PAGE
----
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If England need a salutary tale to keep their confidence in check after the joyous dismissal of West Indies in their opening fixture at the T20 World Cup, they need only consider their next opponents.
Bangladesh came into the tournament as the world’s sixth-ranked side, forced to participate in the first round only because of a quirk of scheduling, favourites to coast through their group while barely breaking sweat – or at least, given the conditions, producing less sweat than most. Then, in their first game, they lost against Scotland.
If there is anything uglier than an embarrassing defeat, it is the aftermath. The president of the Bangladesh cricket board, Nazmul Hassan Papon, criticised “the approach and the attitude” of several players and then dismissed as “an emotional outburst” their unhappy reaction.
The Tigers regrouped to scrape into the Super 12s, where in their first match they lost against Sri Lanka. The opener Liton Das angrily confronted Sri Lanka’s Lahiru Kumara after his dismissal and also dropped two crucial catches as his side failed to defend a total of 171 for four. Along the way Mohammad Mahmudullah, the captain, tried to switch up his bowling attack by giving himself a couple of overs (which went at 10.5 each) and Afif Hossain one (which went for 15).
They have looked, in short, like the kind of team of which a side that has just thrashed West Indies should make short work. But there are several reasons why it may not be so simple, including basic unfamiliarity: though they have played 31 times in other formats none was in the past two years and this will be the teams’ first T20 meeting.
Jos Buttler insisted England are “very passionate” about highlighting anti-discrimination causes but International Cricket Council rules prohibit them from conducting their full ‘Moment of Unity’ at the T20 World Cup.
South Africa wicketkeeper-batter Quinton de Kock’s refusal to take a knee in contravention of a directive from the country’s board and withdrawal from a match against the West Indies has placed the gesture into sharp focus.
It has been conducted before matches by several teams in this tournament and England followed the lead of the West Indies in doing so on Saturday in Dubai, underlining their stance of respectfully reciprocating their opponents.
England’s men’s side took the knee alongside the Windies and Ireland last year before the practice was quietly shelved, but they wore T-shirts carrying anti-discrimination messages in their home matches this summer.
Captain Eoin Morgan stated last week “if we could do that every game, we would” and was backed up by Buttler on the eve of the game against Bangladesh, but the kit regulations for ICC events preclude them from doing so.
It is yet to be decided whether England make an alternative gesture before the start of their match with Bangladesh, but Buttler made it clear his side were against all expressions of intolerance.
“Our position is we stand against any form of discrimination,” Buttler said. “What we’d like to do as a team is a ‘Moment of Unity’, which we did at times during our summer.
“I think we’d have to get some clearance from the ICC for that. It’s something we’d like to do as a team but I don’t know the specifics around it.
“We wanted to reciprocate the opposition. The West Indies like to take a knee so we wanted to reciprocate that in the first game.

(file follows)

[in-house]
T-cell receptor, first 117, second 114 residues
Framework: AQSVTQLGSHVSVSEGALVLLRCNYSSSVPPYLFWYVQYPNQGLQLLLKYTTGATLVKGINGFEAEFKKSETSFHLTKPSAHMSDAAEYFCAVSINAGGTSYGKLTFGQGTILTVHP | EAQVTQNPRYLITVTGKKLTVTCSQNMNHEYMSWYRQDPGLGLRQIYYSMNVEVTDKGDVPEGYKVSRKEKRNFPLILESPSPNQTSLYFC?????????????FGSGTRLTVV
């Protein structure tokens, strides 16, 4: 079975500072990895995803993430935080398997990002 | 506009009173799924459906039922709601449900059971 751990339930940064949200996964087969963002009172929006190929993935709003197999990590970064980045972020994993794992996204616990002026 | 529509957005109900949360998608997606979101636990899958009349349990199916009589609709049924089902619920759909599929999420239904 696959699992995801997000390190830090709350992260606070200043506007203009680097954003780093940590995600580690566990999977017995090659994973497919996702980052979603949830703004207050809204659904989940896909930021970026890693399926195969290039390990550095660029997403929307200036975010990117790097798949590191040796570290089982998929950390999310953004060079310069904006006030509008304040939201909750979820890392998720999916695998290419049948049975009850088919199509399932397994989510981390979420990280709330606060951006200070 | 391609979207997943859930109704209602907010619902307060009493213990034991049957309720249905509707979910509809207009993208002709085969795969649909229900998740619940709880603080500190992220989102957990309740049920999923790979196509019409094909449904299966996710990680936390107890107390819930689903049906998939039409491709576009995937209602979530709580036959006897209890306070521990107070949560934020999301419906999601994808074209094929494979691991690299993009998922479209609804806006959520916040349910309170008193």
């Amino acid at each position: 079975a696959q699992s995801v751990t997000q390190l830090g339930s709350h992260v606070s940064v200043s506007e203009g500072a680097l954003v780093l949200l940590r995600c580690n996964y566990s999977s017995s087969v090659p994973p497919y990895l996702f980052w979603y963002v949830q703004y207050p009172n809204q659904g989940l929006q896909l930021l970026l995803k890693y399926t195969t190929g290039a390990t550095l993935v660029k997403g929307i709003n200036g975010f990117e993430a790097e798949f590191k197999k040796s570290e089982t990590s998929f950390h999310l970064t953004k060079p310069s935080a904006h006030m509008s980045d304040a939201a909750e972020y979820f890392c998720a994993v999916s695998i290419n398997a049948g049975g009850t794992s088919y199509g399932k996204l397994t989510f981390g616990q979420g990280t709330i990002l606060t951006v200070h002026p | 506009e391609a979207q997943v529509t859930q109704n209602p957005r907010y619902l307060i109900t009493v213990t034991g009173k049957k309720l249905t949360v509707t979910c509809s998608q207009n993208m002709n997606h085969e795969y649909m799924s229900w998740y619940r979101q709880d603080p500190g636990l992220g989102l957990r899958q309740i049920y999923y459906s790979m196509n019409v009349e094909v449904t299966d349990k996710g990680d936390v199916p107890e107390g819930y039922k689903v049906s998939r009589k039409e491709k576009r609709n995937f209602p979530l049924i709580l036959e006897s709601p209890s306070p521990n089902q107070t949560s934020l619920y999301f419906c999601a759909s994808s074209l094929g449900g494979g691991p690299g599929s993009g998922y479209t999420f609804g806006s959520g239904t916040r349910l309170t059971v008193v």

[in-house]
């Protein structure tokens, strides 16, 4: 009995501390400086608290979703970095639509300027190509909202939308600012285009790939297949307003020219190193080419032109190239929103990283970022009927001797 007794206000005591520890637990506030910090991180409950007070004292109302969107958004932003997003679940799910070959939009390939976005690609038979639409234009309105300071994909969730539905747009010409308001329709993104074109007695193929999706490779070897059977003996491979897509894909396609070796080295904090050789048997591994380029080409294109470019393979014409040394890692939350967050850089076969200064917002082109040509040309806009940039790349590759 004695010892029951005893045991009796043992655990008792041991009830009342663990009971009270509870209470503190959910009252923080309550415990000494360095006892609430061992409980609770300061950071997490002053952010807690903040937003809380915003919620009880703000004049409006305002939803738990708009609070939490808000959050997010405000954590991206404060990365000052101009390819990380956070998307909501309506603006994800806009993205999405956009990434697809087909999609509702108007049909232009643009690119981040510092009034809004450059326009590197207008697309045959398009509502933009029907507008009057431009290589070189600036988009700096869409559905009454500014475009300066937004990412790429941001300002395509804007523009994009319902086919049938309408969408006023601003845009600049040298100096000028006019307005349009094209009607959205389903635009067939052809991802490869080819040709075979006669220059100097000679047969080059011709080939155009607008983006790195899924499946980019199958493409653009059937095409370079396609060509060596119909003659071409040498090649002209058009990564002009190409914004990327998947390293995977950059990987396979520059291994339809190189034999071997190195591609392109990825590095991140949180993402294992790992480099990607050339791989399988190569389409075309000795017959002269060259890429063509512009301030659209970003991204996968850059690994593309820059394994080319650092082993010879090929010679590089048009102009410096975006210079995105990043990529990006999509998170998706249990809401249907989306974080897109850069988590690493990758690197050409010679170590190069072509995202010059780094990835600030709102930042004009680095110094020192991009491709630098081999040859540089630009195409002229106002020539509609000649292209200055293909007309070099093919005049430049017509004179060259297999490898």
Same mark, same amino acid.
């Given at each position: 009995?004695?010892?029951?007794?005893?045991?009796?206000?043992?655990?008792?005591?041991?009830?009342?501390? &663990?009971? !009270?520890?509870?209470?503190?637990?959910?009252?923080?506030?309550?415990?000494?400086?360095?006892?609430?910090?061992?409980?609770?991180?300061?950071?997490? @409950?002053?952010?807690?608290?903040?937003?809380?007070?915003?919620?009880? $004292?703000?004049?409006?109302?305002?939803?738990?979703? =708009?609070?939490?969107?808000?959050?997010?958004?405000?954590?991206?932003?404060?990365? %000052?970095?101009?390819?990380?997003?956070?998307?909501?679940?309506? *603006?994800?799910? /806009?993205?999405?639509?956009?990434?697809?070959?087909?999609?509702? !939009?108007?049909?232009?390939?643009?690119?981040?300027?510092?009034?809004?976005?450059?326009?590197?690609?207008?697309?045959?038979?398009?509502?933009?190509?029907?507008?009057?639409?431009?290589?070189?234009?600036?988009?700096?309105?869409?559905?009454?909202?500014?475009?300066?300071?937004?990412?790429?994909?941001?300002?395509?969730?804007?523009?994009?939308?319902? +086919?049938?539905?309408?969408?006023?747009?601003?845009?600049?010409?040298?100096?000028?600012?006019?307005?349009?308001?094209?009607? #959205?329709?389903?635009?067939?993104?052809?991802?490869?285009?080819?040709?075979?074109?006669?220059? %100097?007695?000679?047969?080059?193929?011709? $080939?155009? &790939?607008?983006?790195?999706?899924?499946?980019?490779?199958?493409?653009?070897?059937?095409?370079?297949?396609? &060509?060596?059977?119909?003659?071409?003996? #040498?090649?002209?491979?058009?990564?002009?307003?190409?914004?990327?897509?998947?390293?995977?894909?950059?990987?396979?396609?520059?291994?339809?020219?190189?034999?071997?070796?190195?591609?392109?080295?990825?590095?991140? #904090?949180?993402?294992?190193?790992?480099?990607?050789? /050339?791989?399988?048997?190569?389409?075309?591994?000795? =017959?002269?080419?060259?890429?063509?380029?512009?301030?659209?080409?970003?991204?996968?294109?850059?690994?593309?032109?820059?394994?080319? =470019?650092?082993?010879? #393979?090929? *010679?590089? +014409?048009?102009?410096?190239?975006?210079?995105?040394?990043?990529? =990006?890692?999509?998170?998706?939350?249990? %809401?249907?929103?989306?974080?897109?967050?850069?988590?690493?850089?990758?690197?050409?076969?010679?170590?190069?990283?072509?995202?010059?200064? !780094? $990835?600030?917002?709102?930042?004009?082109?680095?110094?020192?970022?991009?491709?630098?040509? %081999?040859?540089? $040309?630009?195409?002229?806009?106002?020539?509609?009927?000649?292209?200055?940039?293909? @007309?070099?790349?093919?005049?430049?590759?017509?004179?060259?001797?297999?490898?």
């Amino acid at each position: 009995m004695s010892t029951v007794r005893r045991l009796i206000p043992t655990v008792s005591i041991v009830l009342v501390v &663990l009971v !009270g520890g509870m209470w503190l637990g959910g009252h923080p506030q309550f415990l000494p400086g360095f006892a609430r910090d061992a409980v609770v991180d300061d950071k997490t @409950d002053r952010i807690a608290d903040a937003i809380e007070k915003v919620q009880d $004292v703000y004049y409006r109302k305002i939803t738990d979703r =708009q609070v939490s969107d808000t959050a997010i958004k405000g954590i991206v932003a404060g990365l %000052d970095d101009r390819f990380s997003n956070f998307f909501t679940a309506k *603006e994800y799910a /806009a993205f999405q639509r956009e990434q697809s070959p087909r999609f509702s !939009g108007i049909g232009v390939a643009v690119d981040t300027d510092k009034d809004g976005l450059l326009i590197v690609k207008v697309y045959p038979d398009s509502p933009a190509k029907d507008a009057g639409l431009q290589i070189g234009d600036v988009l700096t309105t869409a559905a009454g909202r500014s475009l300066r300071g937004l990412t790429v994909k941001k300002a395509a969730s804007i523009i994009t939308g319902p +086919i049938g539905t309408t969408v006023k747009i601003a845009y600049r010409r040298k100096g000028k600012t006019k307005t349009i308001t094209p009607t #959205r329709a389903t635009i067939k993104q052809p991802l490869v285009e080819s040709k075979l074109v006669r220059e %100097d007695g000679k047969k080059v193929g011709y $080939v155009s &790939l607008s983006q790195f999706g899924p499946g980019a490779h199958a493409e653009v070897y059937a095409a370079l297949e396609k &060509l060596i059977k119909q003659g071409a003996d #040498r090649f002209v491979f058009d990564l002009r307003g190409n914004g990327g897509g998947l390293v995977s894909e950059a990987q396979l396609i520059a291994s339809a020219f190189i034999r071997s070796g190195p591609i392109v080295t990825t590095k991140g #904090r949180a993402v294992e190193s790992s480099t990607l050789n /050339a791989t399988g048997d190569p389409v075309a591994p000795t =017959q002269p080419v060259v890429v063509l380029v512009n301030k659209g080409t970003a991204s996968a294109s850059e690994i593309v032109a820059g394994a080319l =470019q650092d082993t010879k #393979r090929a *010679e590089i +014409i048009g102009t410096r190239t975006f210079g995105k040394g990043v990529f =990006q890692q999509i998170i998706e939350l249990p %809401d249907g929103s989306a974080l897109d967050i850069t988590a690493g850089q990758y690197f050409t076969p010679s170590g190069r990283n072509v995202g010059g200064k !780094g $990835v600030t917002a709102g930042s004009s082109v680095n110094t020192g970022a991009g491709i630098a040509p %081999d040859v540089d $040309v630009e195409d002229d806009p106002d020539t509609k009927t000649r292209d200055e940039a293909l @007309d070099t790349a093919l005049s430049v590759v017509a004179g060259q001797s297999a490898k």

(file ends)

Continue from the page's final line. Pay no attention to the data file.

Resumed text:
“As a side and our culture as a team, we of course stand against any form of discrimination and we are very passionate about that.” PA Media
“We know the challenges they’ll pose – we’ve played against them lots in 50-over cricket and they’re a dangerous side,” Jos Buttler said. “They’ve got lots of experience in T20 cricket, some very good players, playing quite a specific style which is unique to them I feel. They are a spin‑heavy side and generally their batsmen tend to be very strong square of the wicket. They also have a couple of left-arm spinners, so we’ve been practising against that lots in the nets and trying to get some plans in place.”
Bangladesh have also been preparing specifically for their opponents – and with the help of a coach, Ottis Gibson, who has had two spells as England’s bowling specialist. “I’ve spoken to our bowlers and our batsmen,” he said. “England bowlers are looking to take wickets all the time and England batters are looking to score runs all the time and put bowlers under pressure.
“So we must be calm. We must try and execute our skills plans. When those opportunities come we must take them, of course, but the one thing we must remain as a bowling group is calm.”
This is England’s only afternoon match and, therefore, the only time they will not be bothered by the vexatious issue of dew. It is also their first game in Abu Dhabi – they cannot return until the semi-finals, and even then only if they top their group – where boundaries are long and so far in this competition scoring has been notably slower than elsewhere. With Mark Wood ready to return from a minor ankle injury they travel with a full-strength squad.
“I think we had most bases covered from the side we picked in the first match, but if the conditions are dramatically different we’d be happy to change the team,” Buttler said.
Bangladesh, meanwhile, are seeking redemption. “If we play well, we play to our potential, then they will give us opportunities. If we take those opportunities, the result could very well go in our favour,” Gibson said. “We’re not scared of anything in the competition. We’re here to compete and to win, and that’s what we’ll be looking to do on Wednesday.”